BLEAK OUTLOOK

Lockdown will only hurt Kenyans' pockets more

Kenyans have defied government orders to stay at home, because most live from hand to mouth

In Summary
  • Having 80 per cent of all jobs in the informal economy means most Kenyans aren't within the tax bracket.
  • More than 70 per cent of Kenyans earn less than Sh25,000 and this will affect PAYE revenue greatly due to the 100 per cent waiver.
President Uhuru Kenyatta at State House, Nairobi.
President Uhuru Kenyatta at State House, Nairobi.
Image: PSCU

President Uhuru Kenyatta came up with measures to cushion the economy from the ravages of Covid 19. All major global economies have come up with stimulus packages.

Kenyans have defied government orders to stay at home, because most live from hand to mouth, as they are watu wa vibarua au biashara ndogo. We need to look at our economy in totality.

The US has announced a Sh84 trillion cushion from the pandemic, about Sh100,000 per person. That is more than 28 years of our national balanced budget, as the dollar is not only a reserve currency, but the US is the only country that can actually print money. If Kenya were to do that, it could only give Sh100,000 to its poorest 15 million people, amounting to Sh1.5 trillion, exhausting our current annual national ordinary revenue.

 
 

Kenya is not a social welfare state, forgetting matters affordability. We only have Sh7.38 billion as an emergency caused by the unreturned Sh1,000 notes due to demonetisation. This is the only money that Kenya can ‘print’. The President has however proposed a cash transfer of Sh10 billion for the elderly, orphans and other vulnerable groups.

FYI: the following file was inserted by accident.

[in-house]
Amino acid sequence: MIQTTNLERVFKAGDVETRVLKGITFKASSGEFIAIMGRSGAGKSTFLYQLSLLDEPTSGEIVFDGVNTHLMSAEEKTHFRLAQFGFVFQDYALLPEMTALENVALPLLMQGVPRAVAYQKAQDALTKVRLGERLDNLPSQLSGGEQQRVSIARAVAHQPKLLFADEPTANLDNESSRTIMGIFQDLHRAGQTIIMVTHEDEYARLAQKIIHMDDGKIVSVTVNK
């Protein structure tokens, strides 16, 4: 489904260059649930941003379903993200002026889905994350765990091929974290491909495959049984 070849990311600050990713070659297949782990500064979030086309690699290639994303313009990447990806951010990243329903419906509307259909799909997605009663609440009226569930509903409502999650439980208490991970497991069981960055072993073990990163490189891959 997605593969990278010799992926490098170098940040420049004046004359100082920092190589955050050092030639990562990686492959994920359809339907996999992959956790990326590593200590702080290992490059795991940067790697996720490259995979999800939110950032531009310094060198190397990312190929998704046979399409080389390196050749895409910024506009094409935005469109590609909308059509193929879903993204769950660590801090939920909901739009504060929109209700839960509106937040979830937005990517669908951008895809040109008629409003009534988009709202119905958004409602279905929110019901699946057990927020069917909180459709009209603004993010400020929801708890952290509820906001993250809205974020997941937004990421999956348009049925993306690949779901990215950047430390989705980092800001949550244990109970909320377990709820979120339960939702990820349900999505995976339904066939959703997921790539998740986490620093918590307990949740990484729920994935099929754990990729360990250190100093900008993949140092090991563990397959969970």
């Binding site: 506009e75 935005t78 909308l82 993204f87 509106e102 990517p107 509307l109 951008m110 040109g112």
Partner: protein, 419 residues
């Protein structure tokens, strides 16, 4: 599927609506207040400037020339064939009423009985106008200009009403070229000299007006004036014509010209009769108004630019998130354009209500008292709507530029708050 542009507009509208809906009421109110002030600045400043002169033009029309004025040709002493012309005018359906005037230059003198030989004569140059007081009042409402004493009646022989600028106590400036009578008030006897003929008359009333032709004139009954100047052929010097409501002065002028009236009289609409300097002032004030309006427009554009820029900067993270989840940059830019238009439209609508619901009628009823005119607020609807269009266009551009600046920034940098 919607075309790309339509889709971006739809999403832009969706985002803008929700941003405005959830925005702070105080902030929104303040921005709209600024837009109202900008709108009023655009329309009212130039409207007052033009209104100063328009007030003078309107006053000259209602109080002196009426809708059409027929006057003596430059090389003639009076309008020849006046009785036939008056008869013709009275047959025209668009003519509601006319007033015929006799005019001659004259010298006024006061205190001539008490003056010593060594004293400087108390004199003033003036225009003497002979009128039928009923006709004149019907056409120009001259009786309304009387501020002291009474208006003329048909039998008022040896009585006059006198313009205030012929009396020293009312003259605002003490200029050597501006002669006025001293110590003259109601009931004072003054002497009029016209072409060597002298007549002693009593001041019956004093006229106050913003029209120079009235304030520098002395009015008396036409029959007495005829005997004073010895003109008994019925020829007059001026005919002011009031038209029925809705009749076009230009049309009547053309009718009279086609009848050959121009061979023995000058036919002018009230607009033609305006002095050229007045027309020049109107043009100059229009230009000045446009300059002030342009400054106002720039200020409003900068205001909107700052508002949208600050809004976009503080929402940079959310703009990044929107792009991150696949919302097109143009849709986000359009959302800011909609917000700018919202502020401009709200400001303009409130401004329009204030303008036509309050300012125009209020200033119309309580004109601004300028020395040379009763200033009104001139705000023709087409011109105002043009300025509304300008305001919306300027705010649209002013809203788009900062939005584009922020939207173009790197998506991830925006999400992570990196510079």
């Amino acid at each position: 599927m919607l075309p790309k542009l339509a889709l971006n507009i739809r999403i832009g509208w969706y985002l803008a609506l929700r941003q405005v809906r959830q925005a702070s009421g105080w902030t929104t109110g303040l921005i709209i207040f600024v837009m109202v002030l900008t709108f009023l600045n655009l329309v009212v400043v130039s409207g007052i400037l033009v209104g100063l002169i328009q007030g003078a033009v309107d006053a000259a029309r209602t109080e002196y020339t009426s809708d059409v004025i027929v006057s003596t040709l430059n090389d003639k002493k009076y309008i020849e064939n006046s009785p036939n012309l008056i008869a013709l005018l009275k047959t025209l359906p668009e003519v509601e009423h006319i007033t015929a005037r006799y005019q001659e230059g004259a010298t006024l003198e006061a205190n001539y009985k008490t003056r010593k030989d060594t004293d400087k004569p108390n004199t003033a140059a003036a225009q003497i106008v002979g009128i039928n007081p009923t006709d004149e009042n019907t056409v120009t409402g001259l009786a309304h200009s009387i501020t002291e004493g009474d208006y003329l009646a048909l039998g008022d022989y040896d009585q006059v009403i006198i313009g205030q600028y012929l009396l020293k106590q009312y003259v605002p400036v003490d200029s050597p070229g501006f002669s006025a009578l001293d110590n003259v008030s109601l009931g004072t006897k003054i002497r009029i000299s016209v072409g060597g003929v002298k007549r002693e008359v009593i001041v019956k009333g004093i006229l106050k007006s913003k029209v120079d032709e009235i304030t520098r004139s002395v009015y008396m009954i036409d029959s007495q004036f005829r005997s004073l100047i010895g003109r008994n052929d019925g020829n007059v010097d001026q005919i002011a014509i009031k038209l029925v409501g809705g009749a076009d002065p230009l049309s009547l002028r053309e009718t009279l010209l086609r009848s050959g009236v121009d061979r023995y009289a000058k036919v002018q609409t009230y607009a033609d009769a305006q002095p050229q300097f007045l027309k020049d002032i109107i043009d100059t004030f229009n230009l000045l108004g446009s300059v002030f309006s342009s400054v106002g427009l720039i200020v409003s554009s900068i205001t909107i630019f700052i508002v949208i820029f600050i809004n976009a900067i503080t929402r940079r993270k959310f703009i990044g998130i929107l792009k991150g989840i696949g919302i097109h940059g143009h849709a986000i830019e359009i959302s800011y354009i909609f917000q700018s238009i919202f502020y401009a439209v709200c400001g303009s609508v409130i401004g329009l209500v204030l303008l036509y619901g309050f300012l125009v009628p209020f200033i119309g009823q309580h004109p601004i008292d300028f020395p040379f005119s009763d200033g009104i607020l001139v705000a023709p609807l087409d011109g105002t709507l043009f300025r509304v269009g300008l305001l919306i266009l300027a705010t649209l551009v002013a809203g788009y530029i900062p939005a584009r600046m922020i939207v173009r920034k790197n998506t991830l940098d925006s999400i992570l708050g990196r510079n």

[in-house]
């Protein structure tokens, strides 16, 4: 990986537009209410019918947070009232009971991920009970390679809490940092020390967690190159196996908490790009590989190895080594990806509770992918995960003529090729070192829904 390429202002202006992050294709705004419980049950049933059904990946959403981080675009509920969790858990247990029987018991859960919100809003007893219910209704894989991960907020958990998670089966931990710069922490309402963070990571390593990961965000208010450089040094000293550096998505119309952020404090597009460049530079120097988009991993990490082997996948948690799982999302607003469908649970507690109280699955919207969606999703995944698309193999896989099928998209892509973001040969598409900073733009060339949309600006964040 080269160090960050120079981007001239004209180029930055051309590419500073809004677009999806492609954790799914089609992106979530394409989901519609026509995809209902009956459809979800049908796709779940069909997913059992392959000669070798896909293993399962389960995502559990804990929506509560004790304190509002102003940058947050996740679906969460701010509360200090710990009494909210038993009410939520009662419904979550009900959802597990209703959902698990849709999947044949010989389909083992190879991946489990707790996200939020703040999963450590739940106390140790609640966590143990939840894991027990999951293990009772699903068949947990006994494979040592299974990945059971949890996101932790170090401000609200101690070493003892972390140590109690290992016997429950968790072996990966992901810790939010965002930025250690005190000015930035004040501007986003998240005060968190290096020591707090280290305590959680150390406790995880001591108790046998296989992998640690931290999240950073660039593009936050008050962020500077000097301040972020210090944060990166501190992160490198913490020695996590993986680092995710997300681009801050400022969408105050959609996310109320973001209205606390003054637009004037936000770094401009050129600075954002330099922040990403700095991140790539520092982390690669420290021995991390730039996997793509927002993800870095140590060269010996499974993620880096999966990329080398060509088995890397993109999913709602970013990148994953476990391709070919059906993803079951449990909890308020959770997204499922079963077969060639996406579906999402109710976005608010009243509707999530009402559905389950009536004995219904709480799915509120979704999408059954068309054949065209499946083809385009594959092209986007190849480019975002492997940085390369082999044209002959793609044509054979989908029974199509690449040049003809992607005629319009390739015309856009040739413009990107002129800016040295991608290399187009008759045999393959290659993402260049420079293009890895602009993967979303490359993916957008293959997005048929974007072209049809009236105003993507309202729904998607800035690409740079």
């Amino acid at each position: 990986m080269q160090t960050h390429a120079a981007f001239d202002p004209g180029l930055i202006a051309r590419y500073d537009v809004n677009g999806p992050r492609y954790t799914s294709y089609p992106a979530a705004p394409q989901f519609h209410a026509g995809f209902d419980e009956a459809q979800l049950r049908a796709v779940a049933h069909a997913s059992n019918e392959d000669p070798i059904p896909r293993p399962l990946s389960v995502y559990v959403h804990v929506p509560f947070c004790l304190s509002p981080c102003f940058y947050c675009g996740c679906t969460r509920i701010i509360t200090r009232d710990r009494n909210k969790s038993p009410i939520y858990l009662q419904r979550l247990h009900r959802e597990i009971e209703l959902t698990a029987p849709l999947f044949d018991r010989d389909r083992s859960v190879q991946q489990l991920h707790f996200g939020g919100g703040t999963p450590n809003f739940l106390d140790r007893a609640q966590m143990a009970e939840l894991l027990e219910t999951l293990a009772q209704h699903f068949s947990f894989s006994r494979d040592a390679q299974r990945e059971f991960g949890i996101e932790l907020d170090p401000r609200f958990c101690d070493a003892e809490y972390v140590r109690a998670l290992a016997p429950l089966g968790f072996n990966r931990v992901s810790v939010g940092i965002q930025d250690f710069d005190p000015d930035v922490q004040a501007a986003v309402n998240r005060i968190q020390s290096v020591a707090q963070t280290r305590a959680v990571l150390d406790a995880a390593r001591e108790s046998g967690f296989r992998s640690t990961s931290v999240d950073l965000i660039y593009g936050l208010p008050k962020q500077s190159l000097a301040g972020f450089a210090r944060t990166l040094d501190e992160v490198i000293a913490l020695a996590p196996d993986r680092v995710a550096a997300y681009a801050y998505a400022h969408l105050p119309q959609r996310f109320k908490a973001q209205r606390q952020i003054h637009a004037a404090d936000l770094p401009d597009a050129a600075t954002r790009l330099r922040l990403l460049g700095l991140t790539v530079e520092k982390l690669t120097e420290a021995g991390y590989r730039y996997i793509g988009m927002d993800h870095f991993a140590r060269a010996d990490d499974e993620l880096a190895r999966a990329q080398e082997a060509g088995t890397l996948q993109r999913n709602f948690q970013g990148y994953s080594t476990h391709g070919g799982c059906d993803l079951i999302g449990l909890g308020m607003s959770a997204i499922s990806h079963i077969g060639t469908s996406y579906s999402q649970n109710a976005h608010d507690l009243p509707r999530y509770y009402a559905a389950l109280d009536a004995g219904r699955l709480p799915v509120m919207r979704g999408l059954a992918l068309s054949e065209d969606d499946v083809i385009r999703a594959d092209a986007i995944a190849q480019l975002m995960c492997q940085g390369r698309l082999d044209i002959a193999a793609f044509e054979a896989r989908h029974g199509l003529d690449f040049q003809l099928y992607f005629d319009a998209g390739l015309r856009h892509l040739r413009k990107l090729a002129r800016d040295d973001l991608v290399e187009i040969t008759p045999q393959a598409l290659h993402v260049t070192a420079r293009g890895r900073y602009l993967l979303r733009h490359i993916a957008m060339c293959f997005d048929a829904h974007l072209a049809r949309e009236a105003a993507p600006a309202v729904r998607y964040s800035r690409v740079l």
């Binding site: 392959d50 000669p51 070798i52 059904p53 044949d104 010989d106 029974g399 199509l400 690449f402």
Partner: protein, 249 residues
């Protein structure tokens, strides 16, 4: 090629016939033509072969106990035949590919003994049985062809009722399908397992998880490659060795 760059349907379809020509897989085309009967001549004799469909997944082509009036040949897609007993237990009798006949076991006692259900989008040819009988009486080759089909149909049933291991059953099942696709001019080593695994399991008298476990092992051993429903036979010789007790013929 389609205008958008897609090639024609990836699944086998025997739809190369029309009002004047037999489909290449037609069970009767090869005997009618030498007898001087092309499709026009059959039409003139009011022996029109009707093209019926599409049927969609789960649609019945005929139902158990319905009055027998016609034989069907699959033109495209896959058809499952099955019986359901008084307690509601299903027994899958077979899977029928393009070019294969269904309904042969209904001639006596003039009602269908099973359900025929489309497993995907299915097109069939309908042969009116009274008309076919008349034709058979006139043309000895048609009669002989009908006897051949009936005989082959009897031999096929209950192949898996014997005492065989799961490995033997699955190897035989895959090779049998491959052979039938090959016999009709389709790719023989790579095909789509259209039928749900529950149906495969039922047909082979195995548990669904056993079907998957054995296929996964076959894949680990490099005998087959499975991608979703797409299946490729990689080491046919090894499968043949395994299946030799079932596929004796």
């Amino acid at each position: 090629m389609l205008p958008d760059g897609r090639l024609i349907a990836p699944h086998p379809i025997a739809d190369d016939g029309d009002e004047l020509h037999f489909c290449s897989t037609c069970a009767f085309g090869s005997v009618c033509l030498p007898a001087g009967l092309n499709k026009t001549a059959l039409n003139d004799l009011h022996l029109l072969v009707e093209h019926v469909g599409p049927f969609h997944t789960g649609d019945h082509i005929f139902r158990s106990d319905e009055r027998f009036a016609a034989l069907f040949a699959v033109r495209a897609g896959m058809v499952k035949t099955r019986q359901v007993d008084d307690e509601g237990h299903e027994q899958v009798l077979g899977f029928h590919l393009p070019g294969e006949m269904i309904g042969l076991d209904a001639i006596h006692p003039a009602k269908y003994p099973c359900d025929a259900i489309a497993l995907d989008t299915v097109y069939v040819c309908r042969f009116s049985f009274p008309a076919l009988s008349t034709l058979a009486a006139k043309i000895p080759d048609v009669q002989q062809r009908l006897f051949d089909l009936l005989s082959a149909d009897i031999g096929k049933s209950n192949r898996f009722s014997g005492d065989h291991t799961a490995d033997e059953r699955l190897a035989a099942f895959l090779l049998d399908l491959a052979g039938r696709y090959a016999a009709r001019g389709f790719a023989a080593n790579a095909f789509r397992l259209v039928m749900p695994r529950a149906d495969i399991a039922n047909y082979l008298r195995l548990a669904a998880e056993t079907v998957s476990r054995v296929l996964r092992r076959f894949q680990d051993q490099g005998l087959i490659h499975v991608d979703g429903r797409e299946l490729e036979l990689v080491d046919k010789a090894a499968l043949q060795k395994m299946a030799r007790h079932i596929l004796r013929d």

The Kenya Association of Manufacturers had asked for a 30-15 per cent reduction in corporate tax and zero VAT rating on essentials. The President reduced corporate tax from 30 per cent to 25 per cent and reduced VAT from 16 per cent to 14 per cent in addition to a Sh10 billion facility for verifiable VAT refunds. Hopefully, this will stabilise or reduce prices of goods and food.

 

More than 70 per cent of Kenyans earn less than Sh25,000 and this will affect PAYE revenue greatly due to the 100 per cent waiver. Treasury has lowered its growth projection from 6.1 per cent to 3.6 per cent owing to the looming global recession, though CBK projects four per cent to 4.9 per cent. The Parliamentary Budget Office more realistically projected 5.6 per cent; it needs to give figures Parliament can use to make informed deliberations.

Nevertheless, our total revenue collection for this and next year will drop significantly due to lower economic growth and reduced taxation.

Further, having 80 per cent of all jobs in the informal economy means most Kenyans aren't within the tax bracket. Thus, it's hard to target them directly, without causing further economic shocks. 

KRA and counties need to devise means of bringing them onboard, especially through business development services in conjunction with formal and informal lenders. The reduction of the CBR and bank reserve rates to 7.25 and 4.25 per cent, respectively, will release Sh35 billion into the economy to increase market liquidity and, hopefully, reduce the interest rate to 10 per cent or less.

Treasury and KRA will be hit hard. We must calculate lost revenue and the impact on both the Division of Revenue Bill and the County Allocation of Revenue Act to avoid a tug of war between the Senate and the National Assembly.

 
 

The Sh316 billion proposed allocation to counties may be untenable, and counties will have to rely on their Own Source Revenue to remain afloat.

Beyond the health crisis, we need to pursue a serious conversation about our economy if we are to get off the bottom of the global food chain. The Covid-19 disruption calls for creativity and only those with quick recovery plans will leap forward.

Thus, we cannot afford a total lockdown as it will hurt many Kenyans more, and BBI referendum campaigns can only make matters even worse. We all need to be responsible, for if you want to win the world, melt it, do not hammer it.  

Vice chairman of the Senate Committee on Finance and Budget